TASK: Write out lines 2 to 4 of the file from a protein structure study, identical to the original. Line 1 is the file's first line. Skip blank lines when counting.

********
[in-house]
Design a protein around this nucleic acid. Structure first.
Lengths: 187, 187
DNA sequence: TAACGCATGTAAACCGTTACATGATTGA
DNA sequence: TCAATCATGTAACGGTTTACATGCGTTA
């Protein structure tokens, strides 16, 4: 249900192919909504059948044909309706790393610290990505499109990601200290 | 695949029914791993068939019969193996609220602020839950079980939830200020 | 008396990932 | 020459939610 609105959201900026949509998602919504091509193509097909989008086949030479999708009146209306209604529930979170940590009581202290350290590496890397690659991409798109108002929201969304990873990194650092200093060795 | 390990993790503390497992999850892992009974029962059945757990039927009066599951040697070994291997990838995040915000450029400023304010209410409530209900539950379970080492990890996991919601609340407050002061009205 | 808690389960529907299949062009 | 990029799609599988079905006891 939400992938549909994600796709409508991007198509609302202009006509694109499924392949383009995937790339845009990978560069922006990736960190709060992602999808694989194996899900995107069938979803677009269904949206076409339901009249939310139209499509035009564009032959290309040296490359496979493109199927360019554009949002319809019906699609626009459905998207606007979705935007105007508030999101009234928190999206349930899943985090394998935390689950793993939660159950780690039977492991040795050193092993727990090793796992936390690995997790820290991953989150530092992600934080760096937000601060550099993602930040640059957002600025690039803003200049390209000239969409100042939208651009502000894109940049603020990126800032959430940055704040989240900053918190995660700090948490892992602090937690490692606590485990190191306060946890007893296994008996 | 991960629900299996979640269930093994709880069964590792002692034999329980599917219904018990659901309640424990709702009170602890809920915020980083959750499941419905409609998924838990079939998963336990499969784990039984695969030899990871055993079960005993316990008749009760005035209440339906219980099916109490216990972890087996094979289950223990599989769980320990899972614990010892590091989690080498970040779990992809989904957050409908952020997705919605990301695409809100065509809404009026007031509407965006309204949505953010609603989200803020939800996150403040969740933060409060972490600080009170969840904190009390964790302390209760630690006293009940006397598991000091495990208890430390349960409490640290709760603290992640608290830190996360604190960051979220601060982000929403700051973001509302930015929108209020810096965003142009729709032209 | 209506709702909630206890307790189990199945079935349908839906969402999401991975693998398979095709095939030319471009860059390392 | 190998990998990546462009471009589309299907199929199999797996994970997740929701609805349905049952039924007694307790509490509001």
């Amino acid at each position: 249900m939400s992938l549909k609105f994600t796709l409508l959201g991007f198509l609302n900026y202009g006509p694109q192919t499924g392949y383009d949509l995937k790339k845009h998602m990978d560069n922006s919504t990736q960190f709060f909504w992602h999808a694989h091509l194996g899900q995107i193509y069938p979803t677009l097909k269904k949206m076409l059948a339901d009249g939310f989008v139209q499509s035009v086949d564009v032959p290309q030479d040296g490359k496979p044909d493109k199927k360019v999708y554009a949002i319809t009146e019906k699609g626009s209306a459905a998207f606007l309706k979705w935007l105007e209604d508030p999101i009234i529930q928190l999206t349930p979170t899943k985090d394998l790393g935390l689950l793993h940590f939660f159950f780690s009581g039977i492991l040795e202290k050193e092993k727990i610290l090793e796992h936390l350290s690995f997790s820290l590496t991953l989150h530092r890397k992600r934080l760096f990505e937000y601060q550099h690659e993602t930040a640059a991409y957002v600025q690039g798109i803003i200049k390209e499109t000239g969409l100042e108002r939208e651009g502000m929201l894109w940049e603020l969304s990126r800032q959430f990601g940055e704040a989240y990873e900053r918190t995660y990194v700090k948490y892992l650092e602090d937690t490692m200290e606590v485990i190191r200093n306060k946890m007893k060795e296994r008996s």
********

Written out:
Design a protein around this nucleic acid. Structure first.
Lengths: 187, 187
DNA sequence: TAACGCATGTAAACCGTTACATGATTGA